To use a fallacy perpetuated by internet trolls, Monica Magsanoc wasn’t yet born during the Marcos regime. She could not have experienced the atrocities of martial rule, ergo her outrage over the stealth burial of the despot on Nov. 18 at Libingan ng mga Bayani is undue and misplaced.
While the first part of that argument is true, it is, however, the many stories told by their late grandmother—a woman who fiercely fought the dictatorship—that compelled Monica, 20, and her sister Mica, 15, to make a stand and mobilize themselves in protesting the Marcos burial, and continuing to fight a battle their lola thought “was already won.”
The granddaughters of Letty Jimenez Magsanoc or LJM, People Power icon who fought the Marcos dictatorship, and longtime editor in chief of the Inquirer before her passing in December, last week designed and printed T-shirts bearing the words “Youth In Revolt #NeverAgain” on the back, and “Not A Hero” on the front.
“Being the grandchild of an anti-Marcos icon has had a significant impact on me,” says Monica, LJM’s oldest grandchild, and a visual communications major at University of the Philippines Diliman. “My sister and I felt personally responsible for continuing to combat the injustice that our lola fought so hard to defeat.”
She adds: “With her writing, she’s shown us that the simplest of actions have the potential to spark the greatest of revolutions. We’re hoping that our project will empower others the way her writing has inspired us.”
When word got out on social media about the siblings’ little project, orders came pouring in.
At press time, they have stopped taking orders for the T-shirts. They have been swamped with orders from over 1,000 individuals.
All proceeds go to the victims of martial law, coursed through the volunteer group, RockEd Philippines, and FIND (Families of Victims of Involuntary Disappearance).
Asked if she feels that her generation has adequate knowledge of martial law, Monica says: “I believe that while a certain demographic of my generation possesses adequate awareness of the martial law atrocities, a great sum of others still remain in the dark.”
But it’s not a lost cause, says this young woman. “The youth must be responsible for creating conversation, be it online or in person,” she says.
“Call out your apologist friends, engage in open debate with indifferent family members, back up your opinionated Facebook status with substantial research—anything concrete that will encourage others to truly discern the matter at hand, and cause them to reflect on their misguided beliefs. Rather than propagate hate for the uninformed, take one’s ignorance as an opportunity to change his or her mind-set toward the issue.”
Luckily, she adds, she hasn’t been at the receiving end of internet trolling following the story of her T-shirt movement.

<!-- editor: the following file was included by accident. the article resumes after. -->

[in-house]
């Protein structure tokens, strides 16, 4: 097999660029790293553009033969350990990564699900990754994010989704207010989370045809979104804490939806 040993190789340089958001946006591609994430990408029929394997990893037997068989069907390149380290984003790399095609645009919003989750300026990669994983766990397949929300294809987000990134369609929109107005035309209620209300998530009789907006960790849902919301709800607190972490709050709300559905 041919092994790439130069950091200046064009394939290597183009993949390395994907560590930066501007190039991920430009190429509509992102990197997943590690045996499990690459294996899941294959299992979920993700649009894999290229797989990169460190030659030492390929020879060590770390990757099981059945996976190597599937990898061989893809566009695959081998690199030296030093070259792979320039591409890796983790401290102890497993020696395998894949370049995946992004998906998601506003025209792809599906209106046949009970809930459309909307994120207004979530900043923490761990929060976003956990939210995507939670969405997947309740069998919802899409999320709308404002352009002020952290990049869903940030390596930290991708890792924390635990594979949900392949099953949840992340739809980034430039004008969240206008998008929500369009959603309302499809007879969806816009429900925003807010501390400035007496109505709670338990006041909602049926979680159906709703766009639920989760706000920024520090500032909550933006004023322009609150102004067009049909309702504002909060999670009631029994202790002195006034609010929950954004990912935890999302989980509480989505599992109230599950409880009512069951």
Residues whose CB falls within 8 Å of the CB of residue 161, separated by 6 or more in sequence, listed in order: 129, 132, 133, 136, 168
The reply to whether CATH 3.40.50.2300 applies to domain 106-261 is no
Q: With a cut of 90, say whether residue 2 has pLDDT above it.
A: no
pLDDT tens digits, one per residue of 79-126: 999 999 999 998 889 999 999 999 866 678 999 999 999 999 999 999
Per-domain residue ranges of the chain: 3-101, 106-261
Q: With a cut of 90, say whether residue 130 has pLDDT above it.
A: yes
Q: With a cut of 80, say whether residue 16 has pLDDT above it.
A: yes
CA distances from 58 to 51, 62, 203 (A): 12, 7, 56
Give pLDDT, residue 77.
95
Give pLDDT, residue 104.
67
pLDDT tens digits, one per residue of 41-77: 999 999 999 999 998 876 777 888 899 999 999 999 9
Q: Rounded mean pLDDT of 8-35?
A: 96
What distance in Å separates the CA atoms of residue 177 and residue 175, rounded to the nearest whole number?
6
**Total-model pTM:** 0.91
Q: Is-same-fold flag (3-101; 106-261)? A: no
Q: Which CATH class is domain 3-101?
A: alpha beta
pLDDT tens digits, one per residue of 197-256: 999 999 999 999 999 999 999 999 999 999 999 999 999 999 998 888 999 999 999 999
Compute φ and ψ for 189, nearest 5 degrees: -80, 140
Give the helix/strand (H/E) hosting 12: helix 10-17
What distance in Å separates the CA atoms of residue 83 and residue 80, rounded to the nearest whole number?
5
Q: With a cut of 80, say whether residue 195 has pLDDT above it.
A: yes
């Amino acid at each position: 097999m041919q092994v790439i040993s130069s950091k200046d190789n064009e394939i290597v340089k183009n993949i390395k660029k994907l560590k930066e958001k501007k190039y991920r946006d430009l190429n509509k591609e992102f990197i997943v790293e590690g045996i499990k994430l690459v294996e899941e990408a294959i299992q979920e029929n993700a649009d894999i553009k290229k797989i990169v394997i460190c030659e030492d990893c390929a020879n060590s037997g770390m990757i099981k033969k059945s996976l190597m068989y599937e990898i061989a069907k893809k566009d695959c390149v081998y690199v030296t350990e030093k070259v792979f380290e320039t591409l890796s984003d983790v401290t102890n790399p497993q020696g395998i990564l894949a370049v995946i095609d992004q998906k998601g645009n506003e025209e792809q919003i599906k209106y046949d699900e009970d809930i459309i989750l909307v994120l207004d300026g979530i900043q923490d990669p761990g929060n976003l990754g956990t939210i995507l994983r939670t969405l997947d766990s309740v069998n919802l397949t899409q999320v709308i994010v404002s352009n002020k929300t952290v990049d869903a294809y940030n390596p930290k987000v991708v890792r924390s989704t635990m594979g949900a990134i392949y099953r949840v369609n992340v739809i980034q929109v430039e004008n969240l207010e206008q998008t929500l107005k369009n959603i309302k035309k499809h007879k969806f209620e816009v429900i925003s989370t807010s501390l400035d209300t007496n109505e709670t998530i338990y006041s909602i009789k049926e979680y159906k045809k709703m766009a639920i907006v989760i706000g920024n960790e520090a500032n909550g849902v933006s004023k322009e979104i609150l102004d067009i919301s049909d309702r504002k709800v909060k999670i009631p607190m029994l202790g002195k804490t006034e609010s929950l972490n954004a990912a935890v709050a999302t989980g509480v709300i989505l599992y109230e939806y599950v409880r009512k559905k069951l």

The Magsanoc siblings grew up aware of social issues, through stories told by LJM.
As a journalist, their grandmother had a front-row seat to, and firsthand experience of, the the Marcos dictatorship. She recounted these to her children, and later her children to their own.
“Every inch of the project is dedicated to her,” Monica told L’Officiel magazine. “As part of a younger generation, one can’t help but feel impotent and unimportant in times like these. I wanted to take our feelings of disappointment and anger and turn them into a concrete plan of action and sustainable channel for support.”
She also told the magazine, “Our voice differs from those that came before us because of the hundred new channels of communication that we have. We continue to innovate the medium of protest and utilize new forms of media to empower the new generation.”
Amid Monica’s work on her thesis and Mica’s own school projects, the sisters get together at night to process orders, and “reply to hundreds of e-mails.” The elder girl handles the creative and promotional part; the younger one does the logistics.
“We’re juggling more than a thousand orders so we’ve had to put a lot of things on hold—my thesis, her school reports and work for our respective organizations. But, thankfully, one of the things our Lola Letty always taught us was how to pull everything together at the very last minute!” Monica says.
The entire family has been supportive. “In fact, I think they’re more articulate about it online than I am! I owe a lot of who I am and how I think today to them, and I’m glad that I’ve managed to find a medium of protest that utilizes the values they’ve taught me.”
She also credits her activism to her liberal education at the State University. “I’m incredibly grateful for my UP education. We stand as one of the leading universities not because we are taught what to believe in or which issues to fight for, but rather because we are encouraged to freely express our opinions, represent our differences, and learn from one another in the process.”
The Magsanoc sisters have yet to join a protest rally. They’ll have their first taste of a political assembly, as a family, on Nov. 30 at the People Power Monument—in their “Youth in Revolt” T-shirts, naturally.
LJM would be proud.
Photography Juro Ongkiko Styling and Makeup Kaye Serrano Models Bianca Pleyto and Carlo Diñ0